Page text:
Gretchen recently wrote a really nice piece grappling with the fleeting nature of contentment and the urge to achieve more. A few days later, AJW also wrote a really nice piece comparing and contrasting Tim Twietmeyer’s 25-year body of work at Western States with Kyle Skaggs’s 2008 Hardrock. Thought-provoking stuff, to be sure. In describing Kyle’s race AJW used a term that caught my eye:
By contrast, in the early spring of 2008, Kyle put his life on hold, moved to Silverton, and over the course of 5 months whipped himself into the best shape of his life. He learned the nuances of every climb on the Hardrock course and internalized every rock, twig and creek crossing. Then, with the calm and deliberate focus of a monk (emphasis mine), proceeded to run what could go down in history as the perfect race.
Not knowing Kyle personally and given the silence from and about him since the race, I’ve always chosen to think of his 2008 Hardrock not as a supernova but a sand mandala. In this way of looking at it, he painstakingly built a masterpiece of expressive mountain running and then, rather than try to preserve or extend it, swept it up and cast it into a river. The race and its preparations were an accomplishment of supreme mental and physical discipline; eschewing competition thereafter an act of profound humility.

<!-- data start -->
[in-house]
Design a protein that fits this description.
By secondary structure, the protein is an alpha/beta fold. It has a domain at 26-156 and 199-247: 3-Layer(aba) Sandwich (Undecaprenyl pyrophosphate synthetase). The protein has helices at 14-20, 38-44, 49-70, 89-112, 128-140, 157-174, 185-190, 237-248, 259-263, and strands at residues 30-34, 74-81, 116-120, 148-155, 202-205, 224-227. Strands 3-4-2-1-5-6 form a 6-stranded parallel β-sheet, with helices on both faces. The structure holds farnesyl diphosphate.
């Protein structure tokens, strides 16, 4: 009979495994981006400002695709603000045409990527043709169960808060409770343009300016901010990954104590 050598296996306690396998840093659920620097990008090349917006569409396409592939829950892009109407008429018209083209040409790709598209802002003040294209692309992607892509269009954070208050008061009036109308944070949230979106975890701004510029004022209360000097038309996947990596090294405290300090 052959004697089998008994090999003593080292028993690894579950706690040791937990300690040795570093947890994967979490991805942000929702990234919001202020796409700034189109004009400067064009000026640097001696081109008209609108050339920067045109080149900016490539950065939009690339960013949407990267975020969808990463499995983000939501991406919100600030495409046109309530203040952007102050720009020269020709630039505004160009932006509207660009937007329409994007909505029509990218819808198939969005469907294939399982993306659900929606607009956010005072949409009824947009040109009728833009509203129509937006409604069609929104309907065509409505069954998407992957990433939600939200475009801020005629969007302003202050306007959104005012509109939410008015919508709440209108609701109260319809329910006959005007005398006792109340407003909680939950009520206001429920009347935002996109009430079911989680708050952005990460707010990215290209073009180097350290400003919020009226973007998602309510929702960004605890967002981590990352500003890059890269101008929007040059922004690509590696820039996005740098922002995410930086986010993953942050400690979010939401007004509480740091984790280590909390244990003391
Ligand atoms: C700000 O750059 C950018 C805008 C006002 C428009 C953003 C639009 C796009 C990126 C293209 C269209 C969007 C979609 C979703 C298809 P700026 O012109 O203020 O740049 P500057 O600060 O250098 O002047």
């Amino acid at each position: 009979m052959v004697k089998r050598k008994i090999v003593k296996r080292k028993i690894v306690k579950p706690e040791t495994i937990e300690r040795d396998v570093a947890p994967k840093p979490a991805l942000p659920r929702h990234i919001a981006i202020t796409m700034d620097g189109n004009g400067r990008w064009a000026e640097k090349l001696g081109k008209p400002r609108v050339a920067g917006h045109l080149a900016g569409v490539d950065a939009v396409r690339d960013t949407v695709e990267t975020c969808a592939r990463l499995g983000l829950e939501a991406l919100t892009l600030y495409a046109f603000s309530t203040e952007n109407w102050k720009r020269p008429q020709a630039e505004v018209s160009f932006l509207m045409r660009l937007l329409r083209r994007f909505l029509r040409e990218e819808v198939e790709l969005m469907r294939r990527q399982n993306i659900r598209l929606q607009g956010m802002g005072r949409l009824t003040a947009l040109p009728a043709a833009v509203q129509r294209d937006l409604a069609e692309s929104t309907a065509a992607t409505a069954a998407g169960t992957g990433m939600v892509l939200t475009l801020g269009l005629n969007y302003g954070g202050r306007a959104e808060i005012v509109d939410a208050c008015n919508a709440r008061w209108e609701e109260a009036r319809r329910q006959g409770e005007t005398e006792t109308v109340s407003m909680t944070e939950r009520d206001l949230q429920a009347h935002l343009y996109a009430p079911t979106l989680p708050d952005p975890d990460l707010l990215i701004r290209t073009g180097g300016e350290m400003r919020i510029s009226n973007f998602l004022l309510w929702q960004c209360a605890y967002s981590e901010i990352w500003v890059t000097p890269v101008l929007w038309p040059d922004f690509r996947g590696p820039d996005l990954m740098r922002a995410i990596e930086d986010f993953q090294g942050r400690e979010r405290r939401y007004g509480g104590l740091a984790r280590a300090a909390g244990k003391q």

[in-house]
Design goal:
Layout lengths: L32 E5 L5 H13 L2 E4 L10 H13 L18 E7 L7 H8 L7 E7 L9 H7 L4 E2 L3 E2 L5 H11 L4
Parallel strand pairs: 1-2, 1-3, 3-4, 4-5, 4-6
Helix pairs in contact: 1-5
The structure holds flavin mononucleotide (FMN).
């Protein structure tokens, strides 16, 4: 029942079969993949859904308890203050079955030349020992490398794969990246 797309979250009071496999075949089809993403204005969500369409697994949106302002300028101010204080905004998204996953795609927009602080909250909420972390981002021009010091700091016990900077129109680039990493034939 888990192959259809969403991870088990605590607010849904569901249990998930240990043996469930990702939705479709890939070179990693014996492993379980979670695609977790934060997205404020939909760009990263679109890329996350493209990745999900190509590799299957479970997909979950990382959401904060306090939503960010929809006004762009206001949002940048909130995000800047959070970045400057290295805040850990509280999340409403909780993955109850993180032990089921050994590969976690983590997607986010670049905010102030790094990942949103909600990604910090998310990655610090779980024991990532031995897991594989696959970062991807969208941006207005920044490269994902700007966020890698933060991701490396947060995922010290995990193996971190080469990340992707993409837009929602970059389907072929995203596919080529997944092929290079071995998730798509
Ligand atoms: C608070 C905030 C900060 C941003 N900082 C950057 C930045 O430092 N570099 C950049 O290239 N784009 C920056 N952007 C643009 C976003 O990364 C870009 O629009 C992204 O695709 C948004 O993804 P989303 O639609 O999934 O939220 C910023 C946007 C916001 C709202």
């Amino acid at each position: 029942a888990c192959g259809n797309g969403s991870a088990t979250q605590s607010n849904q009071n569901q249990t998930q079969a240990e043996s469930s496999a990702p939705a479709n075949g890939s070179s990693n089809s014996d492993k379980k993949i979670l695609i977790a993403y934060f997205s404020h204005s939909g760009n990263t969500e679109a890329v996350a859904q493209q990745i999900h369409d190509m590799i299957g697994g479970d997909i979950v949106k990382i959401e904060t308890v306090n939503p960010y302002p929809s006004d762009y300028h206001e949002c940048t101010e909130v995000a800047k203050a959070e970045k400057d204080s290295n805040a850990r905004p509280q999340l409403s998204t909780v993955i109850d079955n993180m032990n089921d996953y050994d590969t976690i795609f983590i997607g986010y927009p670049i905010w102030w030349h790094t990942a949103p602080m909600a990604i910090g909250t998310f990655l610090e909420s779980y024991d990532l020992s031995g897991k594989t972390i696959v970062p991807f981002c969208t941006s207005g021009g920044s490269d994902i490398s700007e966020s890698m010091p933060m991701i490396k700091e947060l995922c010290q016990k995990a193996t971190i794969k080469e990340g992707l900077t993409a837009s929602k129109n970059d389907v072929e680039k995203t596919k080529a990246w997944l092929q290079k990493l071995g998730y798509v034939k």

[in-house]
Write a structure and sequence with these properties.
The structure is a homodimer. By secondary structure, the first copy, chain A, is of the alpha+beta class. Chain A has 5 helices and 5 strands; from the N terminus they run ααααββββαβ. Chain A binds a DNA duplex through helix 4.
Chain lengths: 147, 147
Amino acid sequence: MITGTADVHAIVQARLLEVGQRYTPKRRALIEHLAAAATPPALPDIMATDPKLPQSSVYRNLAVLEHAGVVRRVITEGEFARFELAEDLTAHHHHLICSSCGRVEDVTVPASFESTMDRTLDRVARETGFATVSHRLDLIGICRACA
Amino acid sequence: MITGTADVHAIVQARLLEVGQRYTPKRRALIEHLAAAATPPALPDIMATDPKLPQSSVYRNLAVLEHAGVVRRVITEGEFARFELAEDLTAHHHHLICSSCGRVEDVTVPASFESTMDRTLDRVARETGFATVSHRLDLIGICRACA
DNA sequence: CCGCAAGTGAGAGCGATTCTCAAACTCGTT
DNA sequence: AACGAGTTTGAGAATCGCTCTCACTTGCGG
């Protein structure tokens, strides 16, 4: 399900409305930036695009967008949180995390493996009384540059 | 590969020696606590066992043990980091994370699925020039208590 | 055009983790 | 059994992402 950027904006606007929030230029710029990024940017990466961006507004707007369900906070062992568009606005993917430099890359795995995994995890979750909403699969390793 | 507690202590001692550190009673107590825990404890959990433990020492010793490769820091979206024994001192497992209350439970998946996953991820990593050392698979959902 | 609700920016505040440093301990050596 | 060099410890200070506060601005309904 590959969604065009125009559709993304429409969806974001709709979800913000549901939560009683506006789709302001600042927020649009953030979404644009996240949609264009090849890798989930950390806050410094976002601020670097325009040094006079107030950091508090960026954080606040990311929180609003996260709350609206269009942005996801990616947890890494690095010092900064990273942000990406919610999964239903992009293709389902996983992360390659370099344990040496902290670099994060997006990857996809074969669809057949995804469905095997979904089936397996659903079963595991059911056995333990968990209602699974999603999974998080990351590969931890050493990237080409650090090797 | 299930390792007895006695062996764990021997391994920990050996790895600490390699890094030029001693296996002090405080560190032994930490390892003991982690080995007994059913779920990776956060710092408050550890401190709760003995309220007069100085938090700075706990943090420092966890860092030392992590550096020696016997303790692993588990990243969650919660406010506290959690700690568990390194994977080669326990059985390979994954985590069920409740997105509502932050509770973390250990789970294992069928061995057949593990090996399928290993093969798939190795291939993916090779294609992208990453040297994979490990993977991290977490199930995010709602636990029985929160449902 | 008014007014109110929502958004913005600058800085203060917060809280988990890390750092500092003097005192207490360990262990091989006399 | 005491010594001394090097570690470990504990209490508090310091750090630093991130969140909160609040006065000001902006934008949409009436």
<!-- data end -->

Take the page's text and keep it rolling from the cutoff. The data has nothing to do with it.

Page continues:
The time Kyle ran is probably the least interesting part of it for me. I suppose the record may, in some way, be necessary to the story. But I honestly would have a hard time caring less about where Kyle’s Hardrock fits within the competitive history of the sport. To me, it’s more beautiful and inspiring as a symbol of the transcendent possibility of loving something completely yet without ego, of the drive to realize our human potential in full acknowledgement of the impermanence of existence.